Gas models can go anywhere, and they never require a charge. You do need to yank a pull-cord to start the engine, and gas engines require periodic tune-ups. Most models weigh about 10 pounds.
And though they’re quieter than they used to be, gas models are still quite loud—the user should always wear hearing protection. The majority have two-stroke engines, which require mixing fuel and oil. Those with four-stroke engines let you skip that step, and they run cleaner.
Gas-Powered Backpack Leaf Blowers
These blowers typically add power over handheld blowers. Most weigh 17 pounds or more—almost twice as much as gas-powered handheld blowers.
But your back and shoulders, rather than your arms, support the weight. Like handheld gas models, they’re a bit noisier than electrics. They can’t vacuum or shred. And they cost more than handheld blowers.
Gas-Powered Wheeled Leaf Blowers
Need lots of oomph to quickly clear a sizable area? A wheeled blower might fit the bill for large yards. But this type brings a few drawbacks: Wheeled blowers can’t vacuum or shred and require about 8 square feet of storage space.
At 100 pounds or more, they’re bulky and are more difficult to maneuver and push, especially uphill. They’re usually noisy and expensive—though a few models are surprisingly quiet and should meet even the toughest noise limits. Large four-stroke engines require no mixing of fuel and oil.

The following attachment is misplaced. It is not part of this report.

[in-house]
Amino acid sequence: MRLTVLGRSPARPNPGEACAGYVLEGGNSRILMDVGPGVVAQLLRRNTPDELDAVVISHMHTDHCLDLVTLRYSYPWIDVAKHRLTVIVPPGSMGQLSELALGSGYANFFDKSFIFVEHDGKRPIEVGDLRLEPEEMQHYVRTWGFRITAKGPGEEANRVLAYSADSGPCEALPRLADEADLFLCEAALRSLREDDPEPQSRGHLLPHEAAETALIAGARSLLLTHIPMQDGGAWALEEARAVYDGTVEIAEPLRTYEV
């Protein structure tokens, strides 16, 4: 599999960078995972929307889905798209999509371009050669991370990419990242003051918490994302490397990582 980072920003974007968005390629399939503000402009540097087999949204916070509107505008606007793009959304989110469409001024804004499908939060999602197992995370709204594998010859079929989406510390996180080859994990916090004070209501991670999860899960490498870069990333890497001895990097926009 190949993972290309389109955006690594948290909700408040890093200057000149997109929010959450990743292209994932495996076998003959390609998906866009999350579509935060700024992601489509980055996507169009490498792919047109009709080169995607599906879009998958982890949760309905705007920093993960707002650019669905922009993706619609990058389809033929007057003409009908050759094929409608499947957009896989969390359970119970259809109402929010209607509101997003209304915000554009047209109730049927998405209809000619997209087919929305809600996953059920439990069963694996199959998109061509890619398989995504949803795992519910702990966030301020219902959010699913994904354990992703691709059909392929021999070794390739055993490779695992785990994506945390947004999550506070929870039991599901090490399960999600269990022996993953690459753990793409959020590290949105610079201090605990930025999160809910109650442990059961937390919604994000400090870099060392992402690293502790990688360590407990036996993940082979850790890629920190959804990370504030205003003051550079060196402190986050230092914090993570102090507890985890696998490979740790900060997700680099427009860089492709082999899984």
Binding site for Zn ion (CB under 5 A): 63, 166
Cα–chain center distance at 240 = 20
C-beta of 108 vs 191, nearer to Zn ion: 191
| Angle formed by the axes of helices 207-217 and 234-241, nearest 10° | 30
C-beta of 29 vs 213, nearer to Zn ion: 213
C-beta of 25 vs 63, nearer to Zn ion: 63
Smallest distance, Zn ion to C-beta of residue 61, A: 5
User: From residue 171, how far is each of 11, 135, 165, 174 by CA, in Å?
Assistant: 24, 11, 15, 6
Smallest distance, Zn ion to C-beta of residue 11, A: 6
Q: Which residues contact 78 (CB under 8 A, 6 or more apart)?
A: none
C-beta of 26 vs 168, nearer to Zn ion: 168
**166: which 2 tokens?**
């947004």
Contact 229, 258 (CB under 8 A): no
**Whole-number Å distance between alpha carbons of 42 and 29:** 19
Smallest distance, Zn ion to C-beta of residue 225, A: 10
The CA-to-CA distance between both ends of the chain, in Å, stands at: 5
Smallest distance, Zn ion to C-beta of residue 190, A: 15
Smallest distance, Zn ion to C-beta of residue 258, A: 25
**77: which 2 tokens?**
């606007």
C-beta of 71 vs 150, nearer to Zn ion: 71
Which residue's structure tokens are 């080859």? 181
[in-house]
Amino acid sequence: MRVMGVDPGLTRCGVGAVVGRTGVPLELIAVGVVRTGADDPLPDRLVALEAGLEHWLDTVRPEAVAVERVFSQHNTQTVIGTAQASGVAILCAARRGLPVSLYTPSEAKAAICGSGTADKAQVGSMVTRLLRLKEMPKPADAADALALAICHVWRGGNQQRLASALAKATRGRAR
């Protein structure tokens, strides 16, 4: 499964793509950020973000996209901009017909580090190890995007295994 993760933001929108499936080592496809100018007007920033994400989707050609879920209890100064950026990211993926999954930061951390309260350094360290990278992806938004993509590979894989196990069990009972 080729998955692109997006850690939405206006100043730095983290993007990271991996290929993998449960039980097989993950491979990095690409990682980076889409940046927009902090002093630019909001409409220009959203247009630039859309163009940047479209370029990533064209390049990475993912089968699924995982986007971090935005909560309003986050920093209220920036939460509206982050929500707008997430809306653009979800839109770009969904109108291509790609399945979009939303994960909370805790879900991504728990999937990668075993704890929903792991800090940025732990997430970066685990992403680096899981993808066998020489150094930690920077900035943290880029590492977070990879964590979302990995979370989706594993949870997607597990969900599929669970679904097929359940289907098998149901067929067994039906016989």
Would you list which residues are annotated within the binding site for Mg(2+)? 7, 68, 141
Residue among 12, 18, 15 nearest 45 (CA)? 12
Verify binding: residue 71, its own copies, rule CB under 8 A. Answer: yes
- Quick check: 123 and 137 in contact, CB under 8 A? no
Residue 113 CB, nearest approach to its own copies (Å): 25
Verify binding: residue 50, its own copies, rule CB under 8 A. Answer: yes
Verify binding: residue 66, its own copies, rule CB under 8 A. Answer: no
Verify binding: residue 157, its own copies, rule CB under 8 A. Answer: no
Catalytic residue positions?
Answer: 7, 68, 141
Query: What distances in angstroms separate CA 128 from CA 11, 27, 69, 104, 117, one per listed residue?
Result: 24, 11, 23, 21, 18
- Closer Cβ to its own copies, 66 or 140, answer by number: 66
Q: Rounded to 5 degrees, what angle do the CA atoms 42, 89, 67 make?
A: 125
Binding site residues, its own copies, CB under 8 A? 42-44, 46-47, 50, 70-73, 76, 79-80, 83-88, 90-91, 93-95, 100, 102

Gas vs. Electric: Picking the Right Leaf Blower
Speed, convenience, budget—all are important considerations when weighing gas vs. electric.
In the handheld category, gas and battery blowers can each make quick work of leaves and are still the fastest way to clear a yard full of leaves. The best corded-electric blowers are powerful enough for many big jobs, though you’ll have to stay within 100 feet of a power outlet. (Most outdoor extension cords top out at that length.)
Gas handheld leaf blowers go anywhere, but they weigh and cost more than corded electric—and they’re noisier. They also require fueling and maintenance. Cordless electric, also called battery-powered leaf blowers, now offer power on a par with gas models, but they have limited run-time per battery charge—expect 8 to 30 minutes on a charge.
Some handheld blowers also collect yard debris via a vacuum, a feature that comes in handy for sucking up leaves as they fall or for taking care of stragglers. But their relatively small tubes limit how much you can vacuum at once, making them best for really small yards, where you can bag up the mulched leaves.
Check this too: How Do You Get Scratches Out of Vinyl Flooring
Backpack blowers typically cost more than handheld blowers, but they offer more power and transfer weight from your arms to your back and shoulders. Backpacks tip the scales at 22 pounds, but this type can still feel lighter than a 10-pound handheld blower because the weight is better distributed.
These are best for large lawns, and you can go with a traditional gas-powered backpack blower or a battery-powered model. Battery types are relative newcomers to the field, and in our tests, the best of these can hold their own against gas when it comes to sweeping power.